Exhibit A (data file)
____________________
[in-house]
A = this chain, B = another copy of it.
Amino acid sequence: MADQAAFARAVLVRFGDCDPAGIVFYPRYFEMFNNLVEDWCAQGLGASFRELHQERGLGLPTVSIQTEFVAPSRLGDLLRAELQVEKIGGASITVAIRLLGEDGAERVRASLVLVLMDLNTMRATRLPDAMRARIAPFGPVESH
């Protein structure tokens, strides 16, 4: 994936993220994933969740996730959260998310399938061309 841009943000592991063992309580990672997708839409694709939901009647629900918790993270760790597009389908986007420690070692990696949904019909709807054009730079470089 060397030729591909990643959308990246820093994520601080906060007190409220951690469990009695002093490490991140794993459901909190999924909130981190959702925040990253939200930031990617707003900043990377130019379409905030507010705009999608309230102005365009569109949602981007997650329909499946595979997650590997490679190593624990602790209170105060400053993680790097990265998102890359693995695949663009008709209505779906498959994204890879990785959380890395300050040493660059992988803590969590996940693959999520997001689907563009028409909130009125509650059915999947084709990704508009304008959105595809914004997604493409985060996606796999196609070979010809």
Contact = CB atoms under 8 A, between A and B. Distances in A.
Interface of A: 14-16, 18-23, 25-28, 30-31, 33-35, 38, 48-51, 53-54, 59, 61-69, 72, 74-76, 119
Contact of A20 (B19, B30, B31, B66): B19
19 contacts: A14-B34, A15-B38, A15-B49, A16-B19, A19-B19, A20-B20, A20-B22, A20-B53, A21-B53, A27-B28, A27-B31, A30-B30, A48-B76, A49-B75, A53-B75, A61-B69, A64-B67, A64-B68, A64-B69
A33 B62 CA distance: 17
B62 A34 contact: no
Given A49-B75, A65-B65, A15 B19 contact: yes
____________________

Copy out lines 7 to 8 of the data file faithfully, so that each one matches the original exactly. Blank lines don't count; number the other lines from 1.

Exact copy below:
Contact of A20 (B19, B30, B31, B66): B19
19 contacts: A14-B34, A15-B38, A15-B49, A16-B19, A19-B19, A20-B20, A20-B22, A20-B53, A21-B53, A27-B28, A27-B31, A30-B30, A48-B76, A49-B75, A53-B75, A61-B69, A64-B67, A64-B68, A64-B69